# and max inflammation as precisely 20 on day 20
if data.min(axis=0)[0] == 0 and data.max(axis=0)[20] == 20:
print 'suspicious looking maxima!'
# increment count_susp_max
count_susp_max += 1
# check for cases where min is zero across all days
elif data.min(axis=0).sum() == 0:
print 'minima add up to zero!'
# increment count_susp_min
count_susp_min += 1
# keep track of datasets that look okay, at least so far
else:
print "seems 'okay'!"
count_okay += 1
```

What did we get for each count?

In [97]:

```
count_susp_max
```

Out[97]:

In [98]:

```
count_susp_min
```

Out[98]:

In [99]:

```
count_okay
```

Out[99]:

Sadly, all the data shows fishy behavior. Someone has explaining to do...

If we had more datasets on the way, we may want to run our tests against these, too. Instead of rewriting the same block of code each time, or copying and pasting it here or there, we should put it into a self-contained function. This way we can also improve it by working on only one piece of code, not a ton of duplicates.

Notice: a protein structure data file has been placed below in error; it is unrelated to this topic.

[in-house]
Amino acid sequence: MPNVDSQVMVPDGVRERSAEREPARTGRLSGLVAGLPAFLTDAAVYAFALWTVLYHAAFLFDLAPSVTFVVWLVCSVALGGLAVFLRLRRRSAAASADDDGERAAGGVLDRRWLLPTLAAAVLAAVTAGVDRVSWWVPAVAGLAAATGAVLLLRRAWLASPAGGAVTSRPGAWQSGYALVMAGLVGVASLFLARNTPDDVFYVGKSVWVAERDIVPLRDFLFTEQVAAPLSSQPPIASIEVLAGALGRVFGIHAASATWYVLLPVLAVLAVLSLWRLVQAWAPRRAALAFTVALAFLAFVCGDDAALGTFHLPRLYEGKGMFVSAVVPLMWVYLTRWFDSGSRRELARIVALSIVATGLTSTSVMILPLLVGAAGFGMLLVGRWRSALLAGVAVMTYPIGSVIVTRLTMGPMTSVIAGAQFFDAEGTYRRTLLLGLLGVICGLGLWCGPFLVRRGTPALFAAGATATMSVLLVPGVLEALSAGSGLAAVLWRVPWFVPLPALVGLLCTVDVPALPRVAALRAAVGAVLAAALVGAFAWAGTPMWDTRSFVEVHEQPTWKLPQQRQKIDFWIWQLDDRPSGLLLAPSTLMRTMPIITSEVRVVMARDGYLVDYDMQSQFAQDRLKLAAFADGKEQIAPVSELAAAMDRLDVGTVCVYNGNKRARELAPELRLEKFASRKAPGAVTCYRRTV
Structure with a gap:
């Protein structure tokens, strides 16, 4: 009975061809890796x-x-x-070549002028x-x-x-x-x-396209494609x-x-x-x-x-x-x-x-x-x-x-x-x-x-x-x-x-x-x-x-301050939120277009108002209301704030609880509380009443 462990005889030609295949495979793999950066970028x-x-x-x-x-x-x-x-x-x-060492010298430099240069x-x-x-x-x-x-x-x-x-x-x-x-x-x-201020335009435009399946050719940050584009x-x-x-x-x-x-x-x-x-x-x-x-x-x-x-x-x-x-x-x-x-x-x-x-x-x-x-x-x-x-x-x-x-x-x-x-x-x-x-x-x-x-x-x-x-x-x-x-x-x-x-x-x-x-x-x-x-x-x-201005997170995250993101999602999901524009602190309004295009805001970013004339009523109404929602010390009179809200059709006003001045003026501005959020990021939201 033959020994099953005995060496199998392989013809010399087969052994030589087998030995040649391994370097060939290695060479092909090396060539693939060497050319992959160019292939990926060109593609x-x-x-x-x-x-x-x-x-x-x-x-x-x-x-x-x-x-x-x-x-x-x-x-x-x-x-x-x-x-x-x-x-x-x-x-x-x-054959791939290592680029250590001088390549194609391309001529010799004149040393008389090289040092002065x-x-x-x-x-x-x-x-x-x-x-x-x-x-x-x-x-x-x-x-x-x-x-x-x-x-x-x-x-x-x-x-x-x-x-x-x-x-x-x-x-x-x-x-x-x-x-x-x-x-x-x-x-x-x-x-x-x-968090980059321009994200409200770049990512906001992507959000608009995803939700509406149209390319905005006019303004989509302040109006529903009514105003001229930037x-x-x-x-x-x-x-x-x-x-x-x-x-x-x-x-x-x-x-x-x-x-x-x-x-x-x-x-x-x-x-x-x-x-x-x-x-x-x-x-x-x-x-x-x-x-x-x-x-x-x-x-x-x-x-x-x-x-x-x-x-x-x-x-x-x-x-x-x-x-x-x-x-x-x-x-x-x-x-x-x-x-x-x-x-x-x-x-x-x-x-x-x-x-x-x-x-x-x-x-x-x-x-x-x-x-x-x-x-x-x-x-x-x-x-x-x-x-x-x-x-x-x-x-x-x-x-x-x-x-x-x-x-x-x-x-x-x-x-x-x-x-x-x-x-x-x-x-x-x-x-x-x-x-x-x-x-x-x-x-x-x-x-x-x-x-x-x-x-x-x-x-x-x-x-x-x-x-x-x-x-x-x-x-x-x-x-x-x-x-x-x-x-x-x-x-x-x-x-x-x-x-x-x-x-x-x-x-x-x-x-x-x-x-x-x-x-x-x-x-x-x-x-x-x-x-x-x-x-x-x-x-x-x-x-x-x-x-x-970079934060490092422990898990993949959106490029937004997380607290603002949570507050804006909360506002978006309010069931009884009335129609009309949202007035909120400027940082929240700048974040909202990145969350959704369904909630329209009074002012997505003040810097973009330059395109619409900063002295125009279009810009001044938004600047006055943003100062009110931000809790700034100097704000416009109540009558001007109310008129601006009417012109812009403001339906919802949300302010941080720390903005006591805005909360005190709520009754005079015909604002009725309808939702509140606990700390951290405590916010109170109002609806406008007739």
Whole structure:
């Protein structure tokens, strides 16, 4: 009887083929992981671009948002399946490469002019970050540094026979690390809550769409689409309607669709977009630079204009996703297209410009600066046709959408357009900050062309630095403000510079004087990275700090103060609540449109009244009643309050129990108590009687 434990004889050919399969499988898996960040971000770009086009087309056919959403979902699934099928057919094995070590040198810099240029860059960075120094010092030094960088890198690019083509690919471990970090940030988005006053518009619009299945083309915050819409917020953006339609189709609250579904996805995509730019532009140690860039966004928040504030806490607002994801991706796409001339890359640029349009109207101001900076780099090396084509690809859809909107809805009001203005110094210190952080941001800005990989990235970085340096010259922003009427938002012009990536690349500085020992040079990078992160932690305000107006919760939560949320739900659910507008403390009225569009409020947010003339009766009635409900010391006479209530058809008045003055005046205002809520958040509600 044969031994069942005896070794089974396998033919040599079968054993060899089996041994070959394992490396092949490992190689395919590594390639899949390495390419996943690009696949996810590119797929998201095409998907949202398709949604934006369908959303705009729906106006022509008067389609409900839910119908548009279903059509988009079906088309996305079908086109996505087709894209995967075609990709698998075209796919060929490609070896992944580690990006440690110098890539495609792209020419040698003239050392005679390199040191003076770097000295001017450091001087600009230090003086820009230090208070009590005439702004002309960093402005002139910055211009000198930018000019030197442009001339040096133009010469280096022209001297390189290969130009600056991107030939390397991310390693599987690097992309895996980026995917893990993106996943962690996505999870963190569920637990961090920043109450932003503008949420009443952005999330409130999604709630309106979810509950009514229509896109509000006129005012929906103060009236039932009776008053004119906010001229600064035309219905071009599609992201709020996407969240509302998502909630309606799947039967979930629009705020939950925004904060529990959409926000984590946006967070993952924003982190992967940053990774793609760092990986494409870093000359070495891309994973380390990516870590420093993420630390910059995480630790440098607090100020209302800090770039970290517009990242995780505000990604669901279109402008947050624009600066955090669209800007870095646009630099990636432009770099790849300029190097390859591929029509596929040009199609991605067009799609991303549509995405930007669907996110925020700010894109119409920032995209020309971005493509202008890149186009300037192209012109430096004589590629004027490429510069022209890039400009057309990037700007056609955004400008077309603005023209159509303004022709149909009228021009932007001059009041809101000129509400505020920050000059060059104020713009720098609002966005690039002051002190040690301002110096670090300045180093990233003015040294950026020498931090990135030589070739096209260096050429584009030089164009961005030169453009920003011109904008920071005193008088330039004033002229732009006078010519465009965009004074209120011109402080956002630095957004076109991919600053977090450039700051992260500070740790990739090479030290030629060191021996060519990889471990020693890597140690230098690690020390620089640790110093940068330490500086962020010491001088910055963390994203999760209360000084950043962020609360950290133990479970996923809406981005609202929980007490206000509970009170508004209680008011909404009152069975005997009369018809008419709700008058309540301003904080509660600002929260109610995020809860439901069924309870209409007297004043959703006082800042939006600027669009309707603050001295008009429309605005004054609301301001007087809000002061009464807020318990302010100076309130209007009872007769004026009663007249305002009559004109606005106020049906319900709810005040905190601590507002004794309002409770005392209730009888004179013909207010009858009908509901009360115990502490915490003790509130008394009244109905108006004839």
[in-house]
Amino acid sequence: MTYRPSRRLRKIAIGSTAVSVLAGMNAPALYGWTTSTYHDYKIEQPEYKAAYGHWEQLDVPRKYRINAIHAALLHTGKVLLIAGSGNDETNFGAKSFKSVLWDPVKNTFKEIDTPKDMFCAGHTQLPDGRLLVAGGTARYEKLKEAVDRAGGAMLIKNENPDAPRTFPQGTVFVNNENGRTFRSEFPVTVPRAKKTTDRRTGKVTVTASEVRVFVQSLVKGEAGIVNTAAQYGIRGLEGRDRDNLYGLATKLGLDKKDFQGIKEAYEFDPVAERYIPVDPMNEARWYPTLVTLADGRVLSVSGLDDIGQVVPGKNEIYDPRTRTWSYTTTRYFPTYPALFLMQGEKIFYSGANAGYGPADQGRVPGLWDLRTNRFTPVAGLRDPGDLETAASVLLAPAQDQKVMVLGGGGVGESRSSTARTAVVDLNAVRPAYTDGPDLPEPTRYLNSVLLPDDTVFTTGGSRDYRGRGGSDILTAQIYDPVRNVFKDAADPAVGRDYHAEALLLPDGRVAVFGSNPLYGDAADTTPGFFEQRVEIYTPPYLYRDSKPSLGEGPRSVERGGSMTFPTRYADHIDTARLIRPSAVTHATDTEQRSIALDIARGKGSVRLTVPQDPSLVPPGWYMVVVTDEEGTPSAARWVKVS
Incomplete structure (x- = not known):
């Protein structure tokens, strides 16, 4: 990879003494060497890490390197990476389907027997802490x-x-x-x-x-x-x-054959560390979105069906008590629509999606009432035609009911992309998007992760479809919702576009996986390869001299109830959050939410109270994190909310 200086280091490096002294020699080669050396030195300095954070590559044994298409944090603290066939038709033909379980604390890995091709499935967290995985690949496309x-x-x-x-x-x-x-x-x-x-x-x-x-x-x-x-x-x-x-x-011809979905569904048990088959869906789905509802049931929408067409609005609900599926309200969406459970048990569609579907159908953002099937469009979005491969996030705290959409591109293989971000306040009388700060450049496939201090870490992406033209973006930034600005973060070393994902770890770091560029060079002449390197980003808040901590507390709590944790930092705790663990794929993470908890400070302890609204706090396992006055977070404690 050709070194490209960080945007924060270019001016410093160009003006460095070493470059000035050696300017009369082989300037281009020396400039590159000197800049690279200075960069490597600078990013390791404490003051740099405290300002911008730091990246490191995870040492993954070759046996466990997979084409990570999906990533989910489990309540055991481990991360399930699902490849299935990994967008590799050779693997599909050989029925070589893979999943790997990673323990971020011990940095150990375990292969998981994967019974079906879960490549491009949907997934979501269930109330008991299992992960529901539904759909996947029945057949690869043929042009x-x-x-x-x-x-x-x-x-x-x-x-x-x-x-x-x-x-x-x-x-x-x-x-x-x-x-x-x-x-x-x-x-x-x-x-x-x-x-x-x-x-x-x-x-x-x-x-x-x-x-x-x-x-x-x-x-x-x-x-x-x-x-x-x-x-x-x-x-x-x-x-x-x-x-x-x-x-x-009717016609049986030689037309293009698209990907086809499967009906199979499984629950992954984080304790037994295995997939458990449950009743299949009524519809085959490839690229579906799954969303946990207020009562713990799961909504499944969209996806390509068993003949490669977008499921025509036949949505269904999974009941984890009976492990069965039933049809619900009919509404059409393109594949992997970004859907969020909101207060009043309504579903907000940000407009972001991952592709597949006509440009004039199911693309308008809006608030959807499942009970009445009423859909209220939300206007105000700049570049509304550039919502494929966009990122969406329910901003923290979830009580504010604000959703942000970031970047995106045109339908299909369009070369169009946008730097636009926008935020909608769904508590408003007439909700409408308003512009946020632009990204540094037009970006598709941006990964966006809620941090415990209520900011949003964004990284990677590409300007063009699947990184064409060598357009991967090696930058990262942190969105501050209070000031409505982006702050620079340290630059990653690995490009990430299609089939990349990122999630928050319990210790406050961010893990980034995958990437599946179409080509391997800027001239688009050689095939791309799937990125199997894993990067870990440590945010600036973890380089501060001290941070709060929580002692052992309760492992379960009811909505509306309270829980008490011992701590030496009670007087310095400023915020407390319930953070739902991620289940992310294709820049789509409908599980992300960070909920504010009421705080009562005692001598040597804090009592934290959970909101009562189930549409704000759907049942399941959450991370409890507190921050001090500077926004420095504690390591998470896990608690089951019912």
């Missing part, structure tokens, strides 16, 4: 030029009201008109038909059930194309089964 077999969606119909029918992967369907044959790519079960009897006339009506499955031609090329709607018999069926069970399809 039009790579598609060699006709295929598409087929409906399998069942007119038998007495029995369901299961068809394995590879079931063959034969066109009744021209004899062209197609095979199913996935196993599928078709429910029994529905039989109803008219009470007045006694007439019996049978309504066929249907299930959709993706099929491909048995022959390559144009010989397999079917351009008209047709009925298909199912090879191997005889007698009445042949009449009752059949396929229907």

We've already been using functions. One example is the python built-in `len`

:

In [100]:

```
stuff
```

Out[100]:

In [101]:

```
len(stuff)
```

Out[101]:

In [102]:

```
# run this to view the docstring
len?
```

Let's write a simple function to show the general form; the function `smaller`

tests whether the input value is smaller than `10`

, then returns either `True`

or `False`

depending:

In [103]:

```
# def is followed by the name of the new function, then
# its arguments in parentheses
def smaller(somenumber):
if somenumber < 10: # mind the indentation levels!
out = True
else:
out = False
return out # return gives the value to be output by the function
```

In [104]:

```
smaller(157)
```

Out[104]:

In [105]:

```
smaller(7)
```

Out[105]:

In [106]:

```
smaller(10)
```

Out[106]:

In fact, for such a simple function it can be condensed greatly:

In [107]:

```
def smaller(somenumber):
return somenumber < 10
```

Writing functions make it easier to write *better* code as well as reusable code. *Better* in that it is easier to test, and therefore more likely to actually do what you want it to do. Functions can (and should!) be written to do individual tasks (like bash tools) so they can be used as building blocks for larger programs. As an example, let's write a function that calculates the temperature in Kelvin from a temperature in Fahrenheit: